# Violation of the Leggett–Garg inequality with weak measurements of photons

^{a}Department of Physics and Centre for Quantum Computer Technology, University of Queensland, Brisbane 4072, Australia;^{b}Physics Department, Truman State University, Kirksville, MO 63501;^{c}Groupe d’Optique Quantique, Laboratoire Charles Fabry, Institut d’Optique—Graduate School, F91127 Palaiseau Cedex, France;^{d}Centre for Quantum Photonics, H. H. Wills Physics Laboratory, and Department of Electrical and Electronic Engineering, University of Bristol, Merchant Venturers Building, Woodland Road, Bristol, BS8 1UB, United Kingdom; and^{e}Centre for Quantum Dynamics and Centre for Quantum Computer Technology, Griffith University, Brisbane, 4111, Australia

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Edited by Yakir Aharonov, Tel Aviv University, Tel Aviv, Israel, and approved December 15, 2010 (received for review April 28, 2010)

## Abstract

By weakly measuring the polarization of a photon between two strong polarization measurements, we experimentally investigate the correlation between the appearance of anomalous values in quantum weak measurements and the violation of realism and nonintrusiveness of measurements. A quantitative formulation of the latter concept is expressed in terms of a Leggett–Garg inequality for the outcomes of subsequent measurements of an individual quantum system. We experimentally violate the Leggett–Garg inequality for several measurement strengths. Furthermore, we experimentally demonstrate that there is a one-to-one correlation between achieving strange weak values and violating the Leggett–Garg inequality.

There has been much debate in quantum physics over the question of whether measurable quantities have definite values prior to their measurement. Key ideas addressing this question include the Bell inequality, which considers correlations between measurements on components of a composite system that are space-like separated (1, 2) and contextuality tests, which examine whether identical experiments produce results in different “classically equivalent” contexts (3, 4). A conceptually elegant extension to these ideas is the Leggett–Garg inequality (LGI) (5), which is an inequality constructed from the correlation functions of a series of three consecutive measurements on a single system. Leggett and Garg derive limits based on the joint assumptions of (i) macroscopic realism: An observable for a system will have a definite value at all times; and (ii) noninvasive measurement: It is possible to determine this value with arbitrarily small disturbance on the subsequent evolution of the system. The limits on the value of the inequality derived from these assumptions differ from the predictions of quantum mechanics. Thus the LGI tests the limits of measurement and macroscopic realism.

Here we present an experimental test of a generalized LGI using weak measurements (6–9) of the polarization of single photons and measure violations by up to 14 standard deviations. Additionally, we experimentally demonstrate a one-to-one relation (10, 11) between LGI violations and strange weak-valued measurements (6–8), which also arise from the inability to assign values to physical quantities between an earlier and a later measurement.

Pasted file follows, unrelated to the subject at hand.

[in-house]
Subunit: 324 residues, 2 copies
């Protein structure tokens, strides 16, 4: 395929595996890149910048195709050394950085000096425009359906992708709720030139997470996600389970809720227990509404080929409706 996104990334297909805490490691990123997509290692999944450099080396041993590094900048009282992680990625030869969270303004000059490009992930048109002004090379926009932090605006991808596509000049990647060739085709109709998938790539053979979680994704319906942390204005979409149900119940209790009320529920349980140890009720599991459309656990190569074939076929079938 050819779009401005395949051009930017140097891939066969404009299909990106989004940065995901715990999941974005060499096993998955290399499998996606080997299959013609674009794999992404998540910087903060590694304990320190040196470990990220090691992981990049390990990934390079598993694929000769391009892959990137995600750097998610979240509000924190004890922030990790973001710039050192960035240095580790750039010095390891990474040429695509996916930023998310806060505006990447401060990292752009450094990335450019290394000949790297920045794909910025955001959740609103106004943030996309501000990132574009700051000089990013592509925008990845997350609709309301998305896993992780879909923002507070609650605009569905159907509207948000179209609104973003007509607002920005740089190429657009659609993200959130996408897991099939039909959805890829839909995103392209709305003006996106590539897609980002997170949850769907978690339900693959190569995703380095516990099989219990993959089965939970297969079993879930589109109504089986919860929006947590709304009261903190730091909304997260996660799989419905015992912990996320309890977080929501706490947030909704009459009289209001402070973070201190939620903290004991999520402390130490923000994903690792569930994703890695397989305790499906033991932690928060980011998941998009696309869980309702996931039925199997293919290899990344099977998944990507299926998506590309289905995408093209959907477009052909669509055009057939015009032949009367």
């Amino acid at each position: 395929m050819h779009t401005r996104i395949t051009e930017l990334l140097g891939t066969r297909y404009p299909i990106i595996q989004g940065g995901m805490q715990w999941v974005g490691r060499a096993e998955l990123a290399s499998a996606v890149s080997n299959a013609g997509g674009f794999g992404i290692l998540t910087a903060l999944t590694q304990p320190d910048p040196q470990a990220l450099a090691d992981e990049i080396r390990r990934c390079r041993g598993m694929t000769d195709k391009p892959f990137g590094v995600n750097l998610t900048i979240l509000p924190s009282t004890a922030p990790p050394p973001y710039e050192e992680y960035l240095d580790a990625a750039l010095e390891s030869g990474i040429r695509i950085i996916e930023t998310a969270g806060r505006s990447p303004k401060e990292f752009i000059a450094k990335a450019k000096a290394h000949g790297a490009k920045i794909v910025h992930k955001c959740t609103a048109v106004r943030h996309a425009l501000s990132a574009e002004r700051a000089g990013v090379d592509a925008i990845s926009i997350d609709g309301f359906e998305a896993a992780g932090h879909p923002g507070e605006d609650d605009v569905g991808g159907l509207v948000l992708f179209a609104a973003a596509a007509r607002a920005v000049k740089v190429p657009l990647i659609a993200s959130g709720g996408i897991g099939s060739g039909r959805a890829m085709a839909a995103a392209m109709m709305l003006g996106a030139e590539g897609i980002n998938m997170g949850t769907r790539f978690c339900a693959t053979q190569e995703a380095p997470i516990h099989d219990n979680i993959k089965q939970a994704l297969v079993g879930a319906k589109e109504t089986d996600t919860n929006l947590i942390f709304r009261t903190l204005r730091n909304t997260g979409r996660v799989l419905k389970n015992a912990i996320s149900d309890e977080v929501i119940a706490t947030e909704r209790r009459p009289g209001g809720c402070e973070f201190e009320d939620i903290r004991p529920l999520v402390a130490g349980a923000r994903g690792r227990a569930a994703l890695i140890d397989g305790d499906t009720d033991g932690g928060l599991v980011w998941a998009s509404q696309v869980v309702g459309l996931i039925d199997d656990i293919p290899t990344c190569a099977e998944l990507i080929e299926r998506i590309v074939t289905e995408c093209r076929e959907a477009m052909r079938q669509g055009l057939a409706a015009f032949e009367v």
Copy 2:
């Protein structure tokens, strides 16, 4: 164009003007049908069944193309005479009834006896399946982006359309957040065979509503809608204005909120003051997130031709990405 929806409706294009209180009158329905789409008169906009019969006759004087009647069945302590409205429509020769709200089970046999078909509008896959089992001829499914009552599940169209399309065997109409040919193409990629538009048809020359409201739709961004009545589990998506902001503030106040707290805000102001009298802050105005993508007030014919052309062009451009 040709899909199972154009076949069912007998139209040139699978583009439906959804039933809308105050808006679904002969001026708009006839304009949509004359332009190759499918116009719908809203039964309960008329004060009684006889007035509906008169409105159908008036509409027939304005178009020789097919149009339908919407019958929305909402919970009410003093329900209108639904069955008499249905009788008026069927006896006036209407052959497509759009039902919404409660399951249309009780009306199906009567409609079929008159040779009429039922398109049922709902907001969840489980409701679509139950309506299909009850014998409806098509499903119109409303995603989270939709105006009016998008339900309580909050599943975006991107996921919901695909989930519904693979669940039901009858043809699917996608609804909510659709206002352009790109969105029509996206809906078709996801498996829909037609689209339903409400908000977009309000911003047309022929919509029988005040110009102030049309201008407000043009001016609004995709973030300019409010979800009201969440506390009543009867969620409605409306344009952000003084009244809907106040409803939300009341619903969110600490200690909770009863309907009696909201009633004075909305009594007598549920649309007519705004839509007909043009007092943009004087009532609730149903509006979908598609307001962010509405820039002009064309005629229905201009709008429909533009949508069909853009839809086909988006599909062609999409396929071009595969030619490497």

Testing the LGI requires monitoring the system without projecting it into a specific state. For a quantum system a quantum nondemolition (QND) experiment (12–14) would be one way to do this. But QND measurements are not the only way to perform a noninvasive measurement. A generalization of the QND measurement is the so-called weak measurement (6). A weak measurement is one for which it is possible to adjust the strength of the measurement and, in principle, to reduce the back action on the system to an arbitrarily small amount. In other words, a weak measurement is one for which the level of “invasivness” can be controlled.

Shortly after Leggett and Garg introduced their inequality, Aharanov et al. (7) suggested that observing the result of a weak measurement conditioned on a specific result of a separate projective measurement leads to unusual results. One unusual property, dubbed strange weak values, is that the value assigned in this way may lie outside the eigenspectrum of the observable being measured (7). Because such strange weak values have been observed (15–19), the idea that the measured value lies outside the operator’s eigenspectrum raises questions about macroscopic realistic descriptions of the system’s state and of the measurement process (20, 21). In this sense, strange weak values explore the same concepts (or raise the same problems) as the LGI. A formal connection between a generalized LGI and weak values has been recently proposed by Williams and Jordan (10, 11). Specifically, they propose that the LGI is violated if and only if the experiment yields a strange weak value.

We want to be clear about what we mean by the term macroscopic realism and how it applies to systems of an arbitrary size. We use the same definition of macroscopic realism as Leggett and Garg: A system is described by a probability distribution for definite values of observables prior to measurement (5). The origin of the term macroscopic realism relates to the fact that one expects an ensemble of very large systems to be described by a classical distribution of definite values. However, this expectation in no way constrains the description to this class of objects. The term macroscopic realism, therefore, is not fundamentally about the size of the investigated system (which can be any size, in accordance with the generality of the Leggett–Garg treatment) but rather about the assignment of definite values to measurable quantities, either definitely (e.g., speed of a tennis ball) or probabalistically (e.g., speeds of particles in an ideal gas). This has been pointed out previously in a theoretical description connecting Leggett–Garg inequalities for Rydberg atoms (22) to hidden variables. The previous discussion holds true for the generalization proposed in ref. 8, where the probability distribution is also parametrized by a hidden-variable.